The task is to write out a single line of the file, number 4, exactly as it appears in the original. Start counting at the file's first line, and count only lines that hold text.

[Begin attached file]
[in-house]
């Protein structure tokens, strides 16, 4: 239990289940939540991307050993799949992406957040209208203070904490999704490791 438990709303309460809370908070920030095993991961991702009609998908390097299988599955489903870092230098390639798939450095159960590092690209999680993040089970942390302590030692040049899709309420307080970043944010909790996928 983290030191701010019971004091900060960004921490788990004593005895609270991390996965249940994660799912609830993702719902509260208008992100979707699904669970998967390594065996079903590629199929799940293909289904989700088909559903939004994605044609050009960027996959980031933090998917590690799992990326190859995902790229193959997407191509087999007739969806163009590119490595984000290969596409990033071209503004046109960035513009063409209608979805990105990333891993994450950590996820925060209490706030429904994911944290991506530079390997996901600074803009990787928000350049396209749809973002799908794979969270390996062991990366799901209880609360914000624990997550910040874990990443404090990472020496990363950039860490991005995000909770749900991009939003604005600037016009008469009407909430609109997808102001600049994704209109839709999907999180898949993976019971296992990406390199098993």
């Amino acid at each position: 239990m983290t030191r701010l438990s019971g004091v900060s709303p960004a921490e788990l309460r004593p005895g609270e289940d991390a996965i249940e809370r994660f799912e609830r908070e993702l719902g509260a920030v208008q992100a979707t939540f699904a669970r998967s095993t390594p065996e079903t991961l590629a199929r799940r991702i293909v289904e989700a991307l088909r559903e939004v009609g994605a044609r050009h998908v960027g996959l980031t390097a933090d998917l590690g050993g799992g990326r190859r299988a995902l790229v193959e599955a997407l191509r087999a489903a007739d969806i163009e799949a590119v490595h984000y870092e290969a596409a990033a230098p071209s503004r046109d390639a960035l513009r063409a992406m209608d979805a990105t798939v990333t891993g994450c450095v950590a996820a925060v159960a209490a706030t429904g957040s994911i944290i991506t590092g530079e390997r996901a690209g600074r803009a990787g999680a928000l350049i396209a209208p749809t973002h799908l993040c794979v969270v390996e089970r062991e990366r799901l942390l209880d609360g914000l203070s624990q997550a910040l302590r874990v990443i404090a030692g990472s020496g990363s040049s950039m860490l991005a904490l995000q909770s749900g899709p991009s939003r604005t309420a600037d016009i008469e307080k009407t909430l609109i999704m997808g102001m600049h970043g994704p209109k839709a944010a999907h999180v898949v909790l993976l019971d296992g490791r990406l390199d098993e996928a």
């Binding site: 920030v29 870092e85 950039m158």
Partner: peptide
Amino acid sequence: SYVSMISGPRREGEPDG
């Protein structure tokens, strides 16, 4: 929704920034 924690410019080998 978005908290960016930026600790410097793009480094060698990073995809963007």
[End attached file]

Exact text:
């Binding site: 920030v29 870092e85 950039m158």